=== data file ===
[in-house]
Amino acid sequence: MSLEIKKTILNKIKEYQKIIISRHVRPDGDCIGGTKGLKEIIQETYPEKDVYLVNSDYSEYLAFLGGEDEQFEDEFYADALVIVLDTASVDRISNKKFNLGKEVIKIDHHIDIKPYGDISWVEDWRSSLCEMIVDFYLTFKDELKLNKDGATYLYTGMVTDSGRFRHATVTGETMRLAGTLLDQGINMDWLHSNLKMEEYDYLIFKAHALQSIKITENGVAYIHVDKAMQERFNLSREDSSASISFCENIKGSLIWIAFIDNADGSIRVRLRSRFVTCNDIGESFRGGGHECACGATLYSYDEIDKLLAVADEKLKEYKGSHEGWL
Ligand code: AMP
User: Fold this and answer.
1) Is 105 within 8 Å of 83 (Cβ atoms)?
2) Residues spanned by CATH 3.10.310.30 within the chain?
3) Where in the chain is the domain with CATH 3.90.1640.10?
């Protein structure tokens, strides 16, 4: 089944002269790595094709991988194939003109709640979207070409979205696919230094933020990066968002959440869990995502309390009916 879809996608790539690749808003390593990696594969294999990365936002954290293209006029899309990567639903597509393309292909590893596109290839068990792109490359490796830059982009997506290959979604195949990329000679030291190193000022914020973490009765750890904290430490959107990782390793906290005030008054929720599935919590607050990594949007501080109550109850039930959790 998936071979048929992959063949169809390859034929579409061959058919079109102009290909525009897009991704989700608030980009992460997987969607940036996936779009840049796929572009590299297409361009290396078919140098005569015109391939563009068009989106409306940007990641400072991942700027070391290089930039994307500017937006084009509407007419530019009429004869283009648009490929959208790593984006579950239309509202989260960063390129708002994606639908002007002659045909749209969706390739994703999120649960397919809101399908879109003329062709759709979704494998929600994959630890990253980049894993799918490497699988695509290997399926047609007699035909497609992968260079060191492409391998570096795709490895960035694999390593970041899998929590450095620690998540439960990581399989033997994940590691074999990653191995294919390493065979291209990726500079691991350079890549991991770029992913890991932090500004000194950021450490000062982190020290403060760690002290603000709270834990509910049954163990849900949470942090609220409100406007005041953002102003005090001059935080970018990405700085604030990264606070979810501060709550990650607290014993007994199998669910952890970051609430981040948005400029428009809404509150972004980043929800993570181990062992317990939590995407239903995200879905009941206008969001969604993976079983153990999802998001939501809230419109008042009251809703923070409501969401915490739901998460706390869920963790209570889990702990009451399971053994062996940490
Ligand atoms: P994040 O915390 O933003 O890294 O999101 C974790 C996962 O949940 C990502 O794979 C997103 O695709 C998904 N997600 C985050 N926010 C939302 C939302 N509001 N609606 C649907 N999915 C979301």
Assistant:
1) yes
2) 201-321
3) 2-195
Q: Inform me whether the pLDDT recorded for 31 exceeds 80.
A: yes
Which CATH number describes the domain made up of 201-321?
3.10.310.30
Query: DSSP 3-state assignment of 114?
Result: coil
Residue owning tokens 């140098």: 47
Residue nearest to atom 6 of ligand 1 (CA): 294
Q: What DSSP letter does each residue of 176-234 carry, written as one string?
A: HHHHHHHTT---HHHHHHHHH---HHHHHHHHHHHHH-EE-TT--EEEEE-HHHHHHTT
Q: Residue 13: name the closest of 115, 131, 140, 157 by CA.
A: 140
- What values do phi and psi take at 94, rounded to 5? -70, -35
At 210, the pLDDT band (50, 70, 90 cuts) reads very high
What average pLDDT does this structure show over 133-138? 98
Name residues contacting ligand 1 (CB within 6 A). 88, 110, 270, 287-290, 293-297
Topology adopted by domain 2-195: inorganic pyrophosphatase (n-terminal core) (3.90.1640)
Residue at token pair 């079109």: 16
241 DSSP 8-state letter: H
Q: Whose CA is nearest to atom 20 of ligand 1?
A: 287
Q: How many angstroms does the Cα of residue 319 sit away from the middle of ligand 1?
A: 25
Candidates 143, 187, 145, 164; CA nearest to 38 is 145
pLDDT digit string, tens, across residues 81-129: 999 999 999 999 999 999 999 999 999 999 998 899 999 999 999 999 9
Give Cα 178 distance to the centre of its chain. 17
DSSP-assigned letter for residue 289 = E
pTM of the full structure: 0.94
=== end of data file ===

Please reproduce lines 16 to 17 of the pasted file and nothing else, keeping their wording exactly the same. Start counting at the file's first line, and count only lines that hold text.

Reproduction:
Which CATH number describes the domain made up of 201-321?
3.10.310.30